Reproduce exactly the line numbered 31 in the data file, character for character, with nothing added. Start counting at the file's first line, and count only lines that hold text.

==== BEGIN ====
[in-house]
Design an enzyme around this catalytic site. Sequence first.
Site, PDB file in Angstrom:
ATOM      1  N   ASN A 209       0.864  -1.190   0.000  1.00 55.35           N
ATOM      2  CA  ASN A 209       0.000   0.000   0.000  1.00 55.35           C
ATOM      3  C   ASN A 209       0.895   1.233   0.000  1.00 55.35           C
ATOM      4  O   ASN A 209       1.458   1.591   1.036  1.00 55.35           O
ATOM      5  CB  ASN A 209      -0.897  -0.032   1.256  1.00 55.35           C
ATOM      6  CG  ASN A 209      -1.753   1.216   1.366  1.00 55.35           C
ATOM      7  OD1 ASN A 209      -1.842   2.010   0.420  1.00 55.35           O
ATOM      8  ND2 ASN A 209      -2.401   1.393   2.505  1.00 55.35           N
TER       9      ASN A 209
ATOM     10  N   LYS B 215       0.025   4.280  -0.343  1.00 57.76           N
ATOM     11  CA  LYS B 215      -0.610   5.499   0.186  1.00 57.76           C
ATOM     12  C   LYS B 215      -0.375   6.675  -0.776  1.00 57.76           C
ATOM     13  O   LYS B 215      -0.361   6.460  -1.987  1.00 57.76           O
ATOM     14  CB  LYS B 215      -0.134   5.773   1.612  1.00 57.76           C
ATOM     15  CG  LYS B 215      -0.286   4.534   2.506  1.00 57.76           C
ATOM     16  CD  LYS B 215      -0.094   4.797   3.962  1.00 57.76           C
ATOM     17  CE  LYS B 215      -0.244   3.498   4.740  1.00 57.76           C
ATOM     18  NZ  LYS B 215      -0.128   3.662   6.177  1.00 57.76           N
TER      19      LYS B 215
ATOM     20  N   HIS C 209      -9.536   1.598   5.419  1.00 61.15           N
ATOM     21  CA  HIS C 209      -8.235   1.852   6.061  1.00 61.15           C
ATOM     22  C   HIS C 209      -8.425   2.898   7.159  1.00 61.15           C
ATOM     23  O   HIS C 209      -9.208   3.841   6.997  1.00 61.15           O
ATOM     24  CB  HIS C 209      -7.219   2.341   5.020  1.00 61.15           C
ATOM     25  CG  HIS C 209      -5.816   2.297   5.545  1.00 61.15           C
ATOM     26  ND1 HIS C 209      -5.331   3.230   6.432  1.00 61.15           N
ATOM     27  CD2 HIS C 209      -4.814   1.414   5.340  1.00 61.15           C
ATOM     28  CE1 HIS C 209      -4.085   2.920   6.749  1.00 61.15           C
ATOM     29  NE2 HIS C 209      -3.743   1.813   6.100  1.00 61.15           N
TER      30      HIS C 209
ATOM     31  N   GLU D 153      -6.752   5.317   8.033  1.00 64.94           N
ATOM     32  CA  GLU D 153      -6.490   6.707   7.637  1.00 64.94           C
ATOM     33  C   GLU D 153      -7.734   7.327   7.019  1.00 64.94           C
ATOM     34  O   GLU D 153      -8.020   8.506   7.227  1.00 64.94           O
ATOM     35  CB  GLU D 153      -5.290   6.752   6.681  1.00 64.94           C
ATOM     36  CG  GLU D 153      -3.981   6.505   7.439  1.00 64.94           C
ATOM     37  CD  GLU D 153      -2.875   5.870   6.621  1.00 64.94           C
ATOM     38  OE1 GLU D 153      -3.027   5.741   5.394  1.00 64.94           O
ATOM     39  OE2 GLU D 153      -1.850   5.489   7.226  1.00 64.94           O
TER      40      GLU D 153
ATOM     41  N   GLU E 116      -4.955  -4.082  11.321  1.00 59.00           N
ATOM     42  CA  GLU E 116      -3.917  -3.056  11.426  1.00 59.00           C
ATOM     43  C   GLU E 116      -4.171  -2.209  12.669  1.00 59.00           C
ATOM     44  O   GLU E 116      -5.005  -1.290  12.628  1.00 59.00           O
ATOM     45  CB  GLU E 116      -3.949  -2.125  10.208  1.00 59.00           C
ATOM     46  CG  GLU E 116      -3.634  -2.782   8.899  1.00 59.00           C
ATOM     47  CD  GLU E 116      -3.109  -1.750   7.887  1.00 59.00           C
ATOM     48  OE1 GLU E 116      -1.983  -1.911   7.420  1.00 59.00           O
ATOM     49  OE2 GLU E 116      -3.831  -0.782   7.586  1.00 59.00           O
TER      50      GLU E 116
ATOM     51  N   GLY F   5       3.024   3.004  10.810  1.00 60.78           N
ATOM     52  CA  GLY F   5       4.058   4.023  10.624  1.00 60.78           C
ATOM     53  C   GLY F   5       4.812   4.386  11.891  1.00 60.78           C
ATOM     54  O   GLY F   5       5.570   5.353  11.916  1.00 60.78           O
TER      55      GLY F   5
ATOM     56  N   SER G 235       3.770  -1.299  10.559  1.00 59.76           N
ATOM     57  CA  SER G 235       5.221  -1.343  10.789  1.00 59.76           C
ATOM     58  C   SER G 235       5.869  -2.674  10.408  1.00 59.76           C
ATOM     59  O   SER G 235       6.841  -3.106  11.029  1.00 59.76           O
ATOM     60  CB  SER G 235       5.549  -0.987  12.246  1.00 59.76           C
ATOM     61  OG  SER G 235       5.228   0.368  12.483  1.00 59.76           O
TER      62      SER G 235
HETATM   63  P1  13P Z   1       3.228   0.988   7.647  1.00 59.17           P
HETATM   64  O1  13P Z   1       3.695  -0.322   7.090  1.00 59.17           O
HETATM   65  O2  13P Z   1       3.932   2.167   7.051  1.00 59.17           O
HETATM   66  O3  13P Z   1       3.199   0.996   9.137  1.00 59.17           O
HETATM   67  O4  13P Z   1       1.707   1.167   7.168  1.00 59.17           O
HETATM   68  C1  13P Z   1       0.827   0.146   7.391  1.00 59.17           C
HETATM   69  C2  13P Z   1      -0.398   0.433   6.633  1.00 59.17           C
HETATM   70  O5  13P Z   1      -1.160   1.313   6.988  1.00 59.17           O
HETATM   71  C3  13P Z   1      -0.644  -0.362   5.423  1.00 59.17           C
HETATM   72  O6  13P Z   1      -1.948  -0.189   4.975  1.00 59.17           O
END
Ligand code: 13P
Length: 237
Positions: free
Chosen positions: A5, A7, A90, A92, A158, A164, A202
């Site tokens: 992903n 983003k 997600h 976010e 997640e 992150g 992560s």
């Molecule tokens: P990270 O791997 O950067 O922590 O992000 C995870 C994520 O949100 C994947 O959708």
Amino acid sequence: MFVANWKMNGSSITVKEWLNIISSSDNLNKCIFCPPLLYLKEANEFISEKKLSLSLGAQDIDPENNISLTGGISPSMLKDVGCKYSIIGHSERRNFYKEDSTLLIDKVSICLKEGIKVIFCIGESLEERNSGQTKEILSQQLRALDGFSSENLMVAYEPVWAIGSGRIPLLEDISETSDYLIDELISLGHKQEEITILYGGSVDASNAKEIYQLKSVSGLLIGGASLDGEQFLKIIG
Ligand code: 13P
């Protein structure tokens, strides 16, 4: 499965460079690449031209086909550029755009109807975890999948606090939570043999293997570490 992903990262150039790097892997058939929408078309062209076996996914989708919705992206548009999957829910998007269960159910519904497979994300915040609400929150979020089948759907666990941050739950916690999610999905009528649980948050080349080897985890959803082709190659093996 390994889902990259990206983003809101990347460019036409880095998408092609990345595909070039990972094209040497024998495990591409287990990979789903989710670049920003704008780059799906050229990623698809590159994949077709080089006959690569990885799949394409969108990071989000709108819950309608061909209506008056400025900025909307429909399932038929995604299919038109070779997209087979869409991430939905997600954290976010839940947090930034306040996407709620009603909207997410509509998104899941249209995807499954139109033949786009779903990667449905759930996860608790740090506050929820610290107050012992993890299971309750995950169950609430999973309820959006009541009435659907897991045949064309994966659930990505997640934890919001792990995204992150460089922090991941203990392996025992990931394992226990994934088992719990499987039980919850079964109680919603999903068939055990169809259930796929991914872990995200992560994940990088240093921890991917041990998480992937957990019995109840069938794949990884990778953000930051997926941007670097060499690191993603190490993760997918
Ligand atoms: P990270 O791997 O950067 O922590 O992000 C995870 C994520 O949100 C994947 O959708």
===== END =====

ATOM     28  CE1 HIS C 209      -4.085   2.920   6.749  1.00 61.15           C